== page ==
How do you make water flow uphill without a pump? Magic?
Nope, capillary action. That’s how!
A capillary mat is an absorbent mat that sits underneath greenhouse plants and allows for a super-convenient watering system. The capillary mat acts as a wick, pulling water from a reservoir as needed, creating a self-watering system. Sometimes mats are used in conjunction with rims or a border to ensure liquid stays inside, and sometimes they are combined with irrigation systems. Now that DIY projects are becoming popular, many greenhouses and conservationists have developed new methods for people to create capillary mats from the comfort of their own homes!
This article is a greenhouse capillary mat DIY guide, and discusses how to make these mats. It also looks at some options for purchasing ready-made setups.
- 1 Why Should Gardeners Use Greenhouse Capillary Mats?
- 2 Greenhouse Capillary Mat DIY Guide
- 3 How to Make a Capillary Mat
- 4 The Best Capillary Mat Materials
- 5 Pre-Made Greenhouse Capillary Mat Setups
- 6 Providing Water to Your Capillary Mat Setups
- 7 Conclusion
Why Should Gardeners Use Greenhouse Capillary Mats?
Capillary mats are an old form of greenhouse irrigation that maximized growing space. The use of a fibrous material that absorbed water meant pots could be placed directly on the surface and have water transfer from the mat directly to plant roots. The system took up no space and plants could literally be grown pot to pot. This particular method was popular for decades, gaining steam in the 1960s to mass-produce flowers like the Easter lily.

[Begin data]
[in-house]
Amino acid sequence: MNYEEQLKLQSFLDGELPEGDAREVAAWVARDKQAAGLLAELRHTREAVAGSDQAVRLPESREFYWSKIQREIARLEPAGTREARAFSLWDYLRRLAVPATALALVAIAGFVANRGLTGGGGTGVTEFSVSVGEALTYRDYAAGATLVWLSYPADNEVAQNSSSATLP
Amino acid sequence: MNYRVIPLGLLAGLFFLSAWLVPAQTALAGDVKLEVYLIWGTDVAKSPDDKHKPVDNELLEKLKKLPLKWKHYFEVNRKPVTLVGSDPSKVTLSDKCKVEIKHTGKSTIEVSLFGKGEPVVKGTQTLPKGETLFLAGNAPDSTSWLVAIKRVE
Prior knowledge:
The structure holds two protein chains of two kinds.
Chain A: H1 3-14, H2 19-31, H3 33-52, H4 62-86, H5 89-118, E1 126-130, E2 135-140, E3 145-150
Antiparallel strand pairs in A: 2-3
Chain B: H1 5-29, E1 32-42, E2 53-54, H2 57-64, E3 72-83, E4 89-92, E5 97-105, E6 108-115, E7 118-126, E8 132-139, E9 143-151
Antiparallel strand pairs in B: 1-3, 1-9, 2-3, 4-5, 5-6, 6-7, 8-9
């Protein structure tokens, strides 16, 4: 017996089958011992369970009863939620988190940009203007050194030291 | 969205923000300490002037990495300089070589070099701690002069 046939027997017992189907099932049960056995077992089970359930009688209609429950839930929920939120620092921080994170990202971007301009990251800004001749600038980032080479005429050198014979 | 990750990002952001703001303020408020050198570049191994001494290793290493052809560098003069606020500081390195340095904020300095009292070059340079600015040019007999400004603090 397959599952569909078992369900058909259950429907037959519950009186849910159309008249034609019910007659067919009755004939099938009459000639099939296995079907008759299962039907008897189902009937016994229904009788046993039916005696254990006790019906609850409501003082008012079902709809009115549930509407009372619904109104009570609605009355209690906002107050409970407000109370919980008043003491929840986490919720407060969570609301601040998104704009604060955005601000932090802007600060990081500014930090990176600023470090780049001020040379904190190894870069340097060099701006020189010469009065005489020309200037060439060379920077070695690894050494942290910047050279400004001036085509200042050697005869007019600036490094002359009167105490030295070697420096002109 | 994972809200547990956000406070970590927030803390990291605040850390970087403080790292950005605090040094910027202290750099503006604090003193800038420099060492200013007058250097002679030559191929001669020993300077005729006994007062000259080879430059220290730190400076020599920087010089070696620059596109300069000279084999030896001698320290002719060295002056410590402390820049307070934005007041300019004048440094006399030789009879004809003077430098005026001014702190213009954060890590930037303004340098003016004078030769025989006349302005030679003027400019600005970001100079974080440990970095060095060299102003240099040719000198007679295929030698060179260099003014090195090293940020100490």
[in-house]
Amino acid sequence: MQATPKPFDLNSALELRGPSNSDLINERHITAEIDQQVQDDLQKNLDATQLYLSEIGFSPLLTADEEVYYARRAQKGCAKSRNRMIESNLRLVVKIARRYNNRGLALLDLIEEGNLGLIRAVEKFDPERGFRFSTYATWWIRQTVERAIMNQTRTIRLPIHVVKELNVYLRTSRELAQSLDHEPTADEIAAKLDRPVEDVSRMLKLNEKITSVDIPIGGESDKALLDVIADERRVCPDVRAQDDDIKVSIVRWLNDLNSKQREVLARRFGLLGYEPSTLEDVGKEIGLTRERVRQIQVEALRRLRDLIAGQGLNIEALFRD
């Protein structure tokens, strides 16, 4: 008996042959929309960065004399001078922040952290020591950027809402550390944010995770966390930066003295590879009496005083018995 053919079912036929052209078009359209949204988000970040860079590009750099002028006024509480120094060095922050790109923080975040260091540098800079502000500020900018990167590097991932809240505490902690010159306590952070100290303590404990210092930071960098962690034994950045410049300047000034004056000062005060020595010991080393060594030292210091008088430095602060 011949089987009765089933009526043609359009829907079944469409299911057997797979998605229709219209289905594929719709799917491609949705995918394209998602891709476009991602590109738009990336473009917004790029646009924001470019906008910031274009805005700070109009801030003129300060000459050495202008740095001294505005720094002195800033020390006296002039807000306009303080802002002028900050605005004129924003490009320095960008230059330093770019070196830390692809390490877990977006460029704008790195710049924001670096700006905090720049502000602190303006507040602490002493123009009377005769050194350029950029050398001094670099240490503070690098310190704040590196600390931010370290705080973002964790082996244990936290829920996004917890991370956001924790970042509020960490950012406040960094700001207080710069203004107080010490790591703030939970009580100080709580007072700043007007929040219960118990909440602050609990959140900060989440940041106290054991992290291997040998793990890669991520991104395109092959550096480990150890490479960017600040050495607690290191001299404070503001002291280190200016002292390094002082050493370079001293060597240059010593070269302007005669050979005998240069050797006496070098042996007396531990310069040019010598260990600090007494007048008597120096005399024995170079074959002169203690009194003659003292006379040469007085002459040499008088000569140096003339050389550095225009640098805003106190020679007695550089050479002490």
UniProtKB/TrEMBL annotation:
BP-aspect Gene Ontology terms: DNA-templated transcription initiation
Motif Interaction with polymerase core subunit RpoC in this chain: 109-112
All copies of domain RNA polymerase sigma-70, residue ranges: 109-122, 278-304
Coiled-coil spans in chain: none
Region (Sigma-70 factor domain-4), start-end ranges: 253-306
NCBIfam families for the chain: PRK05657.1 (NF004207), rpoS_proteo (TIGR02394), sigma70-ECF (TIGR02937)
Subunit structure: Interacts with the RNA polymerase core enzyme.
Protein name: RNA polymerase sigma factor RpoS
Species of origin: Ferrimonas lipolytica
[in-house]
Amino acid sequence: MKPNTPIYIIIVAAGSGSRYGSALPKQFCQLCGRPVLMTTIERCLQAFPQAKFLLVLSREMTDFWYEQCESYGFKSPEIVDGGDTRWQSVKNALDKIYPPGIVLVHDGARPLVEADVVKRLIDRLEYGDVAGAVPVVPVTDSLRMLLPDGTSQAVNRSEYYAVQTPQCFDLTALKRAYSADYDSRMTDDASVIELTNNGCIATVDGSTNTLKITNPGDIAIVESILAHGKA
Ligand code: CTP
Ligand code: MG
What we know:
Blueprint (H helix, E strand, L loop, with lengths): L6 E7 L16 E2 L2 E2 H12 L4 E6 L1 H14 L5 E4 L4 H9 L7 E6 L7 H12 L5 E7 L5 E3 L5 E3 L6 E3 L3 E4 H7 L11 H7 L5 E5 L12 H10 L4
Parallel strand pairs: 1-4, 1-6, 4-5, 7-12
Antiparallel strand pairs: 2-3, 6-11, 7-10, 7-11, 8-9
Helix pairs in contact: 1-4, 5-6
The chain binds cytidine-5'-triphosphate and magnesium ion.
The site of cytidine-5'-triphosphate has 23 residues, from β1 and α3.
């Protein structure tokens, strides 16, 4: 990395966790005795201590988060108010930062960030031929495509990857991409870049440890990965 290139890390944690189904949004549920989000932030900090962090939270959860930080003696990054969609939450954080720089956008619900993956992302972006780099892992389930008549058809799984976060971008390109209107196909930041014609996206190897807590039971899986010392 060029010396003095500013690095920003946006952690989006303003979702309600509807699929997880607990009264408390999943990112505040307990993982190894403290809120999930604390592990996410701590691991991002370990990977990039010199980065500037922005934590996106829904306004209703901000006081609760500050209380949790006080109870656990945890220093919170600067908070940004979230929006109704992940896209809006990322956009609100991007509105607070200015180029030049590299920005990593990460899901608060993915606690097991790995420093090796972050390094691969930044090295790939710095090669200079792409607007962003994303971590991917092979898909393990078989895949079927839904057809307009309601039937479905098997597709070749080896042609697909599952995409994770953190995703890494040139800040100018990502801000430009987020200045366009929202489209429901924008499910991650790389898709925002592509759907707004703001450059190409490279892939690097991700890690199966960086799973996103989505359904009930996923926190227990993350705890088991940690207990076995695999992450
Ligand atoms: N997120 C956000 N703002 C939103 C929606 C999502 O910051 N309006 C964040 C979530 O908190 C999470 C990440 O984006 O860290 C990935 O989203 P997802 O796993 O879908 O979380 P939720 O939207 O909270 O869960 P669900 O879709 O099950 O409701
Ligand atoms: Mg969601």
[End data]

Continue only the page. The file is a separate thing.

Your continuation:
However, the capillary mat fell out of favor in the 1990s as new irrigation systems swept greenhouses. These systems took up more space but were supposedly more effective at transporting large quantities of water to needy plants. New irrigation systems were especially common in large greenhouses.
These irrigation systems look something like a souped-up version of a DIY garden irrigation kit, and basically involved running small water pipes to individual plant pots.
Many of these systems are not the best for the average greenhouse owner, though. If you have lots of small pots, these can be a headache to run, and if you change your configuration, you’ll have to change your watering setup. They often don’t work well for someone who just has a basic greenhouse for those plants.
That said, a system like this in combination with a capillary mat setup (where the irrigation system is filling the reservoir, as opposed to watering individual pots) can be quite effective! Also, consider a seedling heating mat to get your plants started early.
The capillary mat is inexpensive, simple to make, can be maintained easily, and can even be made at home! For these reasons, capillary mats are once again on the rise. They are even biodegradable if made correctly, which is important for many greenhouse owners who strive to be environmentally friendly and leave a small carbon footprint behind.